I found another writing trick this week. This one helps me make sure my story flows in a logical order, and that it addresses all the important points.
Editing our own work is hard. We all gloss over sentences when we already know what we meant them to say. We know how we got from one paragraph to the next, and it’s easy to forget to bring the reader along.
This week as I was editing Susan’s story about evolutionary pressures on islands, I took note of where the article left me, the reader, at the end of each paragraph. Then, if I had a question, or wanted to know more about something she mentioned, I wrote it down.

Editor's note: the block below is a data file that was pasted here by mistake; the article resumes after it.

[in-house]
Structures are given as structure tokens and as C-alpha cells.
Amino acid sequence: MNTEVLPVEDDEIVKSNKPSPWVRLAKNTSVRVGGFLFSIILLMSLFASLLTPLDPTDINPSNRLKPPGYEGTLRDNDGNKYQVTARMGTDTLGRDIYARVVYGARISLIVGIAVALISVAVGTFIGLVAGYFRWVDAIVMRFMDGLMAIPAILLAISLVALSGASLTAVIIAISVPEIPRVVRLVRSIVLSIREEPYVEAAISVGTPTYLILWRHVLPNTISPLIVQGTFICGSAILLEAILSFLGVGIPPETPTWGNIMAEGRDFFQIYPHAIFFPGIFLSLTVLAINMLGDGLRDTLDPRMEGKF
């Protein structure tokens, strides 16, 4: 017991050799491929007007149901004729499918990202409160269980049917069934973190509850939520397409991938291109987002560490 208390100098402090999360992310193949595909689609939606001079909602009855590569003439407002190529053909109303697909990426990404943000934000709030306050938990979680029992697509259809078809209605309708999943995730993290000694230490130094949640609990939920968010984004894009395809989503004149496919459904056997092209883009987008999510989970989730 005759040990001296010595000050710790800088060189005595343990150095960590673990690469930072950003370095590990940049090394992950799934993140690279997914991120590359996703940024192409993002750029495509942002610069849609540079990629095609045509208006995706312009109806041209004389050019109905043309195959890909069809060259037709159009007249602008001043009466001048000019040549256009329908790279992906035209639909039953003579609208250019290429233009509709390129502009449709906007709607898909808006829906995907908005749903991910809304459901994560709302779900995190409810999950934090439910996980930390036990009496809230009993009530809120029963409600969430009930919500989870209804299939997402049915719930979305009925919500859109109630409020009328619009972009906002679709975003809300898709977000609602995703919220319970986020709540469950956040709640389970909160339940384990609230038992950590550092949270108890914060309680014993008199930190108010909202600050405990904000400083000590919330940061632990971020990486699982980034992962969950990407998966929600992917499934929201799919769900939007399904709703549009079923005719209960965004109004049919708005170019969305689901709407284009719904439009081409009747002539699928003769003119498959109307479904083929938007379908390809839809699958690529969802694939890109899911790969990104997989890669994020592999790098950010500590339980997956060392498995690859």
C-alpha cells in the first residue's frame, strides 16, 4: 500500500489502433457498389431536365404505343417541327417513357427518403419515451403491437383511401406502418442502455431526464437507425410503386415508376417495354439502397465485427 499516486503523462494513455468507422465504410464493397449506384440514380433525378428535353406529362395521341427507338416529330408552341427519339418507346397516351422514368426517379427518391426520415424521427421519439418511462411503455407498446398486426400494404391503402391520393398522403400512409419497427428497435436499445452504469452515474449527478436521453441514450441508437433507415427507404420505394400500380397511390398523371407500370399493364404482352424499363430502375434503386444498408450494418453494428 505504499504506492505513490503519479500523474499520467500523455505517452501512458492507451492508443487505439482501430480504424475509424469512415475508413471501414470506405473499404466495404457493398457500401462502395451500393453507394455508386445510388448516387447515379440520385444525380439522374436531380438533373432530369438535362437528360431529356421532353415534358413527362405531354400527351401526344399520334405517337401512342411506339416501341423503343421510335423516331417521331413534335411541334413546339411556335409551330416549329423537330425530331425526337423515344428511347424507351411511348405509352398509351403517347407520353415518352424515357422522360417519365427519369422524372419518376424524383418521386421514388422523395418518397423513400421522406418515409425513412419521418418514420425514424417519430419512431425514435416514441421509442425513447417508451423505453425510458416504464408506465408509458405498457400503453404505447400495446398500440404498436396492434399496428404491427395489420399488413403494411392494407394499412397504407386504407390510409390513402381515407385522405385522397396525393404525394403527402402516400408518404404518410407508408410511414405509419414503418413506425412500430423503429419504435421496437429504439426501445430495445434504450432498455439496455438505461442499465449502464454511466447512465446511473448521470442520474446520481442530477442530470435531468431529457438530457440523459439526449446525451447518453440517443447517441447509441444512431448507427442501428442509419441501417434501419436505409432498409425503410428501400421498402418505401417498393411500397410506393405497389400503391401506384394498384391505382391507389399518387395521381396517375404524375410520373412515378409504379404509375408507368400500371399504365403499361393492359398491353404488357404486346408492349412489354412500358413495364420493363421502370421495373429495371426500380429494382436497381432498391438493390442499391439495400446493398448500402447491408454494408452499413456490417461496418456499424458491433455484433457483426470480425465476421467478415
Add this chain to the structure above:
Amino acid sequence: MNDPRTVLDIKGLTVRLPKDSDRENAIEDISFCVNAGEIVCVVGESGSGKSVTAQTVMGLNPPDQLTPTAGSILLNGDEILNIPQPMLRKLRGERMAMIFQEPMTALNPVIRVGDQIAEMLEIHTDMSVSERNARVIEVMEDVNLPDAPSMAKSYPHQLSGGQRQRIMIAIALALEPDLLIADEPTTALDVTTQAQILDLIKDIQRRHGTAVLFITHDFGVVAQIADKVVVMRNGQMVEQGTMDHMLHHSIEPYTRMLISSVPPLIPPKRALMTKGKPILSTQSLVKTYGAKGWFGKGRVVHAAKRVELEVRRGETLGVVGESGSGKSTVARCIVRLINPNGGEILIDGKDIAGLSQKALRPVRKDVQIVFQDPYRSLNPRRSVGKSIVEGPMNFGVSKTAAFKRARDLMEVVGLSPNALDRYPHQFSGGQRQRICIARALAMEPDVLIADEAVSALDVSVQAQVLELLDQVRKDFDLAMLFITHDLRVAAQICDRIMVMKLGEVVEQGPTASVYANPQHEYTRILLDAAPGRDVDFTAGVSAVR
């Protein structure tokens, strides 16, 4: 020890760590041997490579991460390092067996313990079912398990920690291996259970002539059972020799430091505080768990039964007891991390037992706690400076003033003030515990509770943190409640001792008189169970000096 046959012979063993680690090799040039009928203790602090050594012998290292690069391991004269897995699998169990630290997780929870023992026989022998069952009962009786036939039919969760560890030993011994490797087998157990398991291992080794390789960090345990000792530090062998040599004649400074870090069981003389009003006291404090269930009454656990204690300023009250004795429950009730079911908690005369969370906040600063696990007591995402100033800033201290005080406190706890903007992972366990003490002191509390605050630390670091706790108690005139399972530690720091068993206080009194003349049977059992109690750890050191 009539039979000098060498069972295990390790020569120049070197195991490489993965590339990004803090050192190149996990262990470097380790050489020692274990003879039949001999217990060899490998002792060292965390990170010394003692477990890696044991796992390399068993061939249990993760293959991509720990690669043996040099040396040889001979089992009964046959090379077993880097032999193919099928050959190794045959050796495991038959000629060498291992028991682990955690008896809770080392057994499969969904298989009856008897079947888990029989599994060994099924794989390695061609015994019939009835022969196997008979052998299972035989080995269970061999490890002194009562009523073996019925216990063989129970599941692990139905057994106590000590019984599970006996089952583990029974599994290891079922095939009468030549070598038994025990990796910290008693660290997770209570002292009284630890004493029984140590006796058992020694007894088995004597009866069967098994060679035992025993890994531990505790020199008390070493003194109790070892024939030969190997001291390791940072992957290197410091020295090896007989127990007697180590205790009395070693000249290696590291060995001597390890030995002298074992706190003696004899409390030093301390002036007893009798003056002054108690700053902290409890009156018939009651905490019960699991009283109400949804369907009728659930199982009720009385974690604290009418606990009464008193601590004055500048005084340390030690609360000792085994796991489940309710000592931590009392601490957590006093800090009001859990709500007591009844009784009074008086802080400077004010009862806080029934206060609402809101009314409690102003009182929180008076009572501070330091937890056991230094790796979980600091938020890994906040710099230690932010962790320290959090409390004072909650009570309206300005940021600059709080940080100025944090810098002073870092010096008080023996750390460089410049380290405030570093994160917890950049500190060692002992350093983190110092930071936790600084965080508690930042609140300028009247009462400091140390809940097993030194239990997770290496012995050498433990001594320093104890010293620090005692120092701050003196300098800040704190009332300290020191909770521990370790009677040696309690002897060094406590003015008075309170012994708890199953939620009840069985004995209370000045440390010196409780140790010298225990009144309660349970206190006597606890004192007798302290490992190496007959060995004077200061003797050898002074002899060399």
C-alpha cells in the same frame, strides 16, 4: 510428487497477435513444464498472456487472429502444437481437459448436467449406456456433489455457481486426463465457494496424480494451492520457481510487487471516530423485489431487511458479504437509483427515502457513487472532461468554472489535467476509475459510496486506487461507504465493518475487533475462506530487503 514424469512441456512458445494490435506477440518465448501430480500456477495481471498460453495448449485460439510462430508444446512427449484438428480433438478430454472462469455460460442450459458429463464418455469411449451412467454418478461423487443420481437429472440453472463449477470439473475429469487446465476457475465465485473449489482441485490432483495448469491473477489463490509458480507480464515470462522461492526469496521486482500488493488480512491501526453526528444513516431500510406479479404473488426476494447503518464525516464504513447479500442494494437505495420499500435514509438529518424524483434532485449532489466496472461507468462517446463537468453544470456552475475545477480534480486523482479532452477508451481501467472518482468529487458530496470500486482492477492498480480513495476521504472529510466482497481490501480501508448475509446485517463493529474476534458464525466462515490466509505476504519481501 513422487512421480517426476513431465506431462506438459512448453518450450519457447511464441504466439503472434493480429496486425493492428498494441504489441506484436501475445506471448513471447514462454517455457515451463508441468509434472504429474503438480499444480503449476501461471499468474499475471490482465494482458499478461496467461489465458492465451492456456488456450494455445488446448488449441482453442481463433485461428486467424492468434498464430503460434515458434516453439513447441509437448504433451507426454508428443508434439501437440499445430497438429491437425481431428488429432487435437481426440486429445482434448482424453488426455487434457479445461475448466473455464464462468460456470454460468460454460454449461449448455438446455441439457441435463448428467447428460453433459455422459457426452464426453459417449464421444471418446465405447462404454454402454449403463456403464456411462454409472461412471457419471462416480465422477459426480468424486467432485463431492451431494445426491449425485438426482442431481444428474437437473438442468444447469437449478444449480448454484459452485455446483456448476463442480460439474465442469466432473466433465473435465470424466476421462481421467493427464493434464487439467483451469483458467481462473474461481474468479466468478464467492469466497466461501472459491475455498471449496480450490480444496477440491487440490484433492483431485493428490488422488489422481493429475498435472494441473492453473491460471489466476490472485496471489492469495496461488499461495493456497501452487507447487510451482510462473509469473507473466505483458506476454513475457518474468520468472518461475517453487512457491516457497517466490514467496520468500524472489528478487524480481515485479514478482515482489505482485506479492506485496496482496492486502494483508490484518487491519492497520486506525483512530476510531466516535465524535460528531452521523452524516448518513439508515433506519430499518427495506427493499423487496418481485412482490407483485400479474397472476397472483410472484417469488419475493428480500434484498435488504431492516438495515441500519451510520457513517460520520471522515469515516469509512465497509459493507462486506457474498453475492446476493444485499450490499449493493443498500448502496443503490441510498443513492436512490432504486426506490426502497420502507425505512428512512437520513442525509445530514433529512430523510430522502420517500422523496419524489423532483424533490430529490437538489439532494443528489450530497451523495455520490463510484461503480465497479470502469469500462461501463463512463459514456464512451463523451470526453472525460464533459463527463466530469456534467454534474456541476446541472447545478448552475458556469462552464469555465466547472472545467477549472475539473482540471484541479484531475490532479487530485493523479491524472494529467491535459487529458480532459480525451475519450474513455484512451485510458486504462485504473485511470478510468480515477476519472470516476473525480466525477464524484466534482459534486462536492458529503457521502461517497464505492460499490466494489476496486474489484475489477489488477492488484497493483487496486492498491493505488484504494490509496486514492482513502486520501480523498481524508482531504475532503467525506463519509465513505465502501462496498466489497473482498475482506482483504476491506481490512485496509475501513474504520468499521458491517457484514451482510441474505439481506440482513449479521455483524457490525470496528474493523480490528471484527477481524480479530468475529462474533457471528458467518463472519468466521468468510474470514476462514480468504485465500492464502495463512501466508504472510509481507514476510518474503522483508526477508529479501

So what’s the trick? Sometime as I’m writing a first draft, it helps to start each new graf with a question. I read the previous graf and ask myself what I’m left wondering about. Then I write it down.
Having the question on the screen in front of my face makes me focus the graf on answering that question, which forces me to stick to one topic per graf. It also prevents me from leaping into a totally new topic with no transition. If it’s appropriate to the format I’m writing for, I might even leave the question in the final version.
This definitely doesn’t work all the time. But sometimes is better than no times, I think.